"In deciding whether to grant a defendant's motion to withdraw a guilty plea, additional factors may be relevant" ( People v. Hollmond, 191 A.D.3d at 137, 135 N.Y.S.3d 449 ). "For instance, the time that has elapsed between the guilty plea and the motion to vacate it has been described as a ‘significant’ factor" ( id., quoting People v. Nixon, 21 N.Y.2d 338, 355, 287 N.Y.S.2d 659, 234 N.E.2d 687 ). "In addition, a court should consider the prejudice, if any, that would result to the People if the motion to withdraw the plea is granted" ( People v. Hollmond, 191 A.D.3d at 137, 135 N.Y.S.3d 449 ; see People v. Leslie, 98 A.D.2d 977, 470 N.Y.S.2d 259 ; People v. Griffin, 77 A.D.2d 666, ––– N.Y.S.2d –––– ; People v. Arcuri, 64 A.D.2d 1028, 1028–1029, 409 N.Y.S.2d 319 ; People v. McIntyre, 40 A.D.2d 1038, 338 N.Y.S.2d 1011 ; People v. East, 39 A.D.2d 606, 332 N.Y.S.2d 396 ).

In People v. Nixon, 21 N.Y.2d 338, 354, 287 N.Y.S.2d 659, 234 N.E.2d 687, the Court of Appeals stated that "[i]t is not tolerable for the State to punish its members over protestations of innocence if there be doubt as to their guilt, or if they be unaware of their rights, or if they have not had opportunity to make a voluntary and rational decision with proper advice in pleading guilty." "[W]here initial inquiry exposes difficulties or subsequent interpositions by defendant on sentencing raise questions, the court should be quick to offer the defendant an opportunity to withdraw his [or her] plea and at the very least conduct a hearing" ( id. at 355, 287 N.Y.S.2d 659, 234 N.E.2d 687 ). "Such opportunities offered will squelch the faker and protect the truly misguided ones; and prompt hearings will be better than later ones after direct appeal or collateral post-conviction attack" ( id. ).

In applying all of these considerations, the Court of Appeals has repeatedly stated that "[w]here, after a plea of guilty has been entered, and before sentence, defendant states to the court he [or she] is not guilty, or that he [or she] believes he [or she] is not guilty, the rule has developed that the court should not, except in extraordinary circumstances, then impose sentence, but either grant an application to allow the plea to be withdrawn; or conduct a hearing to determine whether the application has merit" ( People v. McKennion, 27 N.Y.2d 671, 672–673, 313 N.Y.S.2d 876, 261 N.E.2d 910 ; see People v. McClain, 32 N.Y.2d 697, 697–698, 343 N.Y.S.2d 601, 296 N.E.2d 454 ; People v. Nixon, 21 N.Y.2d at 355, 287 N.Y.S.2d 659, 234 N.E.2d 687 ).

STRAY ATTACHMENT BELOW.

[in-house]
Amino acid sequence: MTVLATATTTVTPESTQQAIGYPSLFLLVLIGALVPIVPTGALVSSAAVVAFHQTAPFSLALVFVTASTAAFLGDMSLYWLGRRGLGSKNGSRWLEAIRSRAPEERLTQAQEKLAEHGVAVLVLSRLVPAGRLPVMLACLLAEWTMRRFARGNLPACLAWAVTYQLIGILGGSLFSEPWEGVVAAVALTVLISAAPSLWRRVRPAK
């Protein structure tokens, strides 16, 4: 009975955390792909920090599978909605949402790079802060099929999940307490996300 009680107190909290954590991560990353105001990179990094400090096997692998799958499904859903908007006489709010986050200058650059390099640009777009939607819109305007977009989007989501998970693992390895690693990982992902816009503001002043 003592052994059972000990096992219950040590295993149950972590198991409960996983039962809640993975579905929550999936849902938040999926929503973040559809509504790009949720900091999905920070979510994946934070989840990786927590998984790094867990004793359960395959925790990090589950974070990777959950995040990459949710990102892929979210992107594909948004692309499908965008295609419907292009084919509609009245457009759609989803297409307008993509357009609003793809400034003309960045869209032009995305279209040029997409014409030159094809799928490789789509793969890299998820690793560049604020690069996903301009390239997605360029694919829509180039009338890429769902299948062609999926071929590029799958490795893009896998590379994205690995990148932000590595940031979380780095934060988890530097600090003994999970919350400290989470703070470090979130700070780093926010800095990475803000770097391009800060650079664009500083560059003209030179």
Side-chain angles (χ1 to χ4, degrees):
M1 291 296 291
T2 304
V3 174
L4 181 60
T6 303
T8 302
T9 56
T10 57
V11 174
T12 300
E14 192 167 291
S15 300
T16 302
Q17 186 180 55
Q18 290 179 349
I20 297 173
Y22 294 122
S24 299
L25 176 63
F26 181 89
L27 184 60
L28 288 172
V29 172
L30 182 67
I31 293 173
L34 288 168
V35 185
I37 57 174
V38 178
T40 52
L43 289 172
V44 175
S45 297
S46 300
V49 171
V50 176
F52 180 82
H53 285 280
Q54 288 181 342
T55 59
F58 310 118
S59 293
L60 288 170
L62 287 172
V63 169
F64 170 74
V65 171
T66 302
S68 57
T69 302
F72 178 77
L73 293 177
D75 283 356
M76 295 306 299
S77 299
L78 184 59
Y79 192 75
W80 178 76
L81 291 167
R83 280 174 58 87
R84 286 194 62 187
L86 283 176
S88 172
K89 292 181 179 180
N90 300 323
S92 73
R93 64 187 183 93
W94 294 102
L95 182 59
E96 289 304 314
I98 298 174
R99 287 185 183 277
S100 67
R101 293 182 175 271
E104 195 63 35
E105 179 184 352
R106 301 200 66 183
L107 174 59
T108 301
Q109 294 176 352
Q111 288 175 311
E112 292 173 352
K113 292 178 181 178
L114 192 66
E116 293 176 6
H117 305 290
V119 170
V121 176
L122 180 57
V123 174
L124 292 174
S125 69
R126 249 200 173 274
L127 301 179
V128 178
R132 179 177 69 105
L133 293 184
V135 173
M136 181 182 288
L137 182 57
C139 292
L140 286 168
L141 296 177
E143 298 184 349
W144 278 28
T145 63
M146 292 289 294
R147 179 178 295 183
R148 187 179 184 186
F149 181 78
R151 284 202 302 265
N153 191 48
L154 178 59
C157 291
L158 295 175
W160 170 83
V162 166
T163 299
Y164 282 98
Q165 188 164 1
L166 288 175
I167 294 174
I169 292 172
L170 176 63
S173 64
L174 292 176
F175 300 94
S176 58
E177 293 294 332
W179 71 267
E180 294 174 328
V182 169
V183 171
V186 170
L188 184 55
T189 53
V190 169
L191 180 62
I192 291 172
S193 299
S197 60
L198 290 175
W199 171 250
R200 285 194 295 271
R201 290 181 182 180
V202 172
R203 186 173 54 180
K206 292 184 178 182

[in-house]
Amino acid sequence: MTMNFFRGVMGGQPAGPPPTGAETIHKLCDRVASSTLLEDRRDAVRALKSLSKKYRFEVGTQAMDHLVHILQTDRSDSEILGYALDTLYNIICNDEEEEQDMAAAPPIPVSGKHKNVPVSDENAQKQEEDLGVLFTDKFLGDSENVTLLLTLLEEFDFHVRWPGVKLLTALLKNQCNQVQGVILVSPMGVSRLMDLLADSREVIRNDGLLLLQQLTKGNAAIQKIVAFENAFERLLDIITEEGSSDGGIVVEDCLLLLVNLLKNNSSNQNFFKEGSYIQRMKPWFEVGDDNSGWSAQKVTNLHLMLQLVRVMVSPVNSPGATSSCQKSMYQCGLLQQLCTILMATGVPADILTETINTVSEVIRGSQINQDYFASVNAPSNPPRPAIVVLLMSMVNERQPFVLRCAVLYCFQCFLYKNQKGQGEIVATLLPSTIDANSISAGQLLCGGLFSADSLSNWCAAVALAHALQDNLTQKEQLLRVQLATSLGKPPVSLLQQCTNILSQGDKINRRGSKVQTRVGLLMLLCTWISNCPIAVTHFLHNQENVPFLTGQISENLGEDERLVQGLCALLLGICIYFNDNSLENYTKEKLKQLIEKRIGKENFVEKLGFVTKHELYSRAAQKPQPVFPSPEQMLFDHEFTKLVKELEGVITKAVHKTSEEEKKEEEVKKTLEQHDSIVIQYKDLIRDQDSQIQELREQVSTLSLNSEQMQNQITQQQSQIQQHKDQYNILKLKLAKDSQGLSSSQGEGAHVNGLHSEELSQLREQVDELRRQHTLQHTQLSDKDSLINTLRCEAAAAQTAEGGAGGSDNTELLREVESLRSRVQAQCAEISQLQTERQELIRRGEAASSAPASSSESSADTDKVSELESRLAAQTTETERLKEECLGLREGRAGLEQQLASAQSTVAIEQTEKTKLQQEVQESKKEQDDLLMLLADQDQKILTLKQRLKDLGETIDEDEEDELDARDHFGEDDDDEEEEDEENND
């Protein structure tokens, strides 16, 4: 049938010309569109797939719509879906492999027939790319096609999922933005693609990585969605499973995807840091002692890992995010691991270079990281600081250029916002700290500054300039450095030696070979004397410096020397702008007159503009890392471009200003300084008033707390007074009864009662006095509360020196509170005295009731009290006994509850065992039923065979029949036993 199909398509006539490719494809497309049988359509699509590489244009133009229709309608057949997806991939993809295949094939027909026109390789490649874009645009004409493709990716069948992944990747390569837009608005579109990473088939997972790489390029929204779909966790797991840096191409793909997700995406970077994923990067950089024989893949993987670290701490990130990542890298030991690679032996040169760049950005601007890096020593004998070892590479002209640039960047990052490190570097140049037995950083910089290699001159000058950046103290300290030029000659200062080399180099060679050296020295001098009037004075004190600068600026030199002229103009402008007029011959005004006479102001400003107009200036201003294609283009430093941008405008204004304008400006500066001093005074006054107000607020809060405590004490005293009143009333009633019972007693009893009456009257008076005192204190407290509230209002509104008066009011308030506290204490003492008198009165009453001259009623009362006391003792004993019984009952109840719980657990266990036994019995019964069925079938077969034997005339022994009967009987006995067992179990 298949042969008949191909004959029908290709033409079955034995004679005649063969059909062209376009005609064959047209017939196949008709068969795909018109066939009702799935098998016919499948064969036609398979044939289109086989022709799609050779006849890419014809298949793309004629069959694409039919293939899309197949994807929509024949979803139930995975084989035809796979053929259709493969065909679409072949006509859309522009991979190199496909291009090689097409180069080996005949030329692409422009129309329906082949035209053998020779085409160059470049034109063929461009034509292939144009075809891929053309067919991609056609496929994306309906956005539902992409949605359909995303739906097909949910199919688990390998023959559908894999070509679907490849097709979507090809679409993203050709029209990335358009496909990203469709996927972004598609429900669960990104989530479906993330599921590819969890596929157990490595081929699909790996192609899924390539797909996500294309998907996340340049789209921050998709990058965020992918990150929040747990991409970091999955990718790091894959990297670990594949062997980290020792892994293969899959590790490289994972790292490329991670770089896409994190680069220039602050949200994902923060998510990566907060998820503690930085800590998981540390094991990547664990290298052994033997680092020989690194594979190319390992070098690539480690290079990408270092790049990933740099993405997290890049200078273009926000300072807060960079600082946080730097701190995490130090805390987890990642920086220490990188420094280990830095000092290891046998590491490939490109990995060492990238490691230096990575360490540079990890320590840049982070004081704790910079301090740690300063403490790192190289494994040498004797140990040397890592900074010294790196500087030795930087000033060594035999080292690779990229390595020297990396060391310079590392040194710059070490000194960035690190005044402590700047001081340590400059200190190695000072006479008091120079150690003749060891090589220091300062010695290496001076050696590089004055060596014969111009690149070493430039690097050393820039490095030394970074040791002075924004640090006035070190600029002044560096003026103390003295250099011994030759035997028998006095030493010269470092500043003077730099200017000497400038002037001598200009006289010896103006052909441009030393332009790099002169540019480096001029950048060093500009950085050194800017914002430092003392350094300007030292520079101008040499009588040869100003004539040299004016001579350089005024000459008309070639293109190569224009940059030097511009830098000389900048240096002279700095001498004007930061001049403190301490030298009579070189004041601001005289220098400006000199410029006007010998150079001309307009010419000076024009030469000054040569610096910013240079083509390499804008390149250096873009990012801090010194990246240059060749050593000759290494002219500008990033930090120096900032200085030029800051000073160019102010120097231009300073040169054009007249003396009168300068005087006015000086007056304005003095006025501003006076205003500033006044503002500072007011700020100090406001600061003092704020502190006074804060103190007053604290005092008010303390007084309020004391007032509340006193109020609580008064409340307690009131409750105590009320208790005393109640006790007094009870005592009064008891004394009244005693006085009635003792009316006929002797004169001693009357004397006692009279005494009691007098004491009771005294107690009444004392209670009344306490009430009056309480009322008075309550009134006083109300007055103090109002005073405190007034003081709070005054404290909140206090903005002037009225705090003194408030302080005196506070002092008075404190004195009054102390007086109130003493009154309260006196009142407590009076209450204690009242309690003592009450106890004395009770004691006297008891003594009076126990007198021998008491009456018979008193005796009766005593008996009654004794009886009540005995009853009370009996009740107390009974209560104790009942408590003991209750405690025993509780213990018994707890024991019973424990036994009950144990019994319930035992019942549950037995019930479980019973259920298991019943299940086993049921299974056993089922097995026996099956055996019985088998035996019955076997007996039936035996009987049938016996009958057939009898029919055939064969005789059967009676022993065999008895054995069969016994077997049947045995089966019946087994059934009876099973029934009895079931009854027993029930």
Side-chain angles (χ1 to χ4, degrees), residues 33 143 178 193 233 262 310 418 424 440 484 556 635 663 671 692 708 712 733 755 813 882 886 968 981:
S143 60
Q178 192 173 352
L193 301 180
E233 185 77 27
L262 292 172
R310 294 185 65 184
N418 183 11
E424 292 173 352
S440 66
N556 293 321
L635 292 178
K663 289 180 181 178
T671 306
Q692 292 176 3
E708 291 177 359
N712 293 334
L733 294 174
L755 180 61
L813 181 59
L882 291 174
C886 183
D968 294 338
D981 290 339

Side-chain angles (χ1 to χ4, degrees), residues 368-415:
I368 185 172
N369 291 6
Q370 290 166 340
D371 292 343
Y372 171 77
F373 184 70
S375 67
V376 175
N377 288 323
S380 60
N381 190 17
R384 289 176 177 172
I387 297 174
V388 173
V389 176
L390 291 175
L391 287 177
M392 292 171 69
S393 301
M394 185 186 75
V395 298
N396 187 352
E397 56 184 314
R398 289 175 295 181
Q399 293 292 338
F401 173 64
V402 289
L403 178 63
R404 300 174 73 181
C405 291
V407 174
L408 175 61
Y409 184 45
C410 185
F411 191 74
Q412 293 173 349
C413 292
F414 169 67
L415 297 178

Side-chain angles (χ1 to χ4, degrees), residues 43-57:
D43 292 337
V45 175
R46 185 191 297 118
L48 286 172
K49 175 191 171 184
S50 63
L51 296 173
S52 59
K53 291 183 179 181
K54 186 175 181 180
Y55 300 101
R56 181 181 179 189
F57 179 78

Here, the defendant moved to withdraw his plea prior to the imposition of his sentence (see CPL 220.60[3] ). The defendant contended that he had a viable defense to the charges which he had not understood at the time that he agreed to plead guilty, and that his plea of guilty was not knowing, intelligent, and voluntary. Specifically, the defendant contended that he did not reside at his mother's home prior to the execution of the warrant, and that the weapons recovered from his mother's residence did not belong to him. The defendant contended that the weapons belonged to another individual who had been residing at his mother's home and who had placed the weapons inside a closet at that location without the defendant's knowledge or consent. The defendant contended, in essence, that he did not voluntarily possess the weapons at issue.

" ‘Possess’ means to have physical possession or otherwise to exercise dominion or control over tangible property" ( Penal Law § 10.00[8] ). This definition has been "judicially interpreted as encompassing the doctrine of constructive possession, as well as physical possession" ( People v. Sierra, 45 N.Y.2d 56, 60, 407 N.Y.S.2d 669, 379 N.E.2d 196 ; see People v. Wesley, 73 N.Y.2d 351, 361–362, 540 N.Y.S.2d 757, 538 N.E.2d 76 ; People v. Torres, 68 N.Y.2d 677, 679, 505 N.Y.S.2d 595, 496 N.E.2d 684 ).

Regardless of whether it is physical or constructive, possession constitutes the actus reus, or the "forbidden act" of a possessory crime ( People v. Saunders, 85 N.Y.2d 339, 341, 624 N.Y.S.2d 568, 648 N.E.2d 1331 ; see People v. Almodovar, 62 N.Y.2d 126, 130, 476 N.Y.S.2d 95, 464 N.E.2d 463 ; People v. Ansare, 96 A.D.2d 96, 97, 468 N.Y.S.2d 269 ). Possession thus "includes the Penal Law definitional component of [a]"[v]oluntary act’ " " ( People v. Saunders, 85 N.Y.2d at 341, 624 N.Y.S.2d 568, 648 N.E.2d 1331, quoting Penal Law § 15.00[2] ). As relevant here, a " ‘voluntary act’ ... includes the possession of property if the actor was aware of his physical possession or control thereof for a sufficient period to have been able to terminate it" ( Penal Law § 15.00[2] ).

"Thus, the corpus delicti of weapons possession ... is the voluntary, aware act of the possession of a weapon" ( People v. Saunders, 85 N.Y.2d at 341–342, 624 N.Y.S.2d 568, 648 N.E.2d 1331 [citation omitted]; see People v. Persce, 204 N.Y. 397, 402, 97 N.E. 877 ; People v. Ansare, 96 A.D.2d at 97, 468 N.Y.S.2d 269 ; People v. Cohen, 57 A.D.2d 790, 791, 394 N.Y.S.2d 683 ). In other words, "...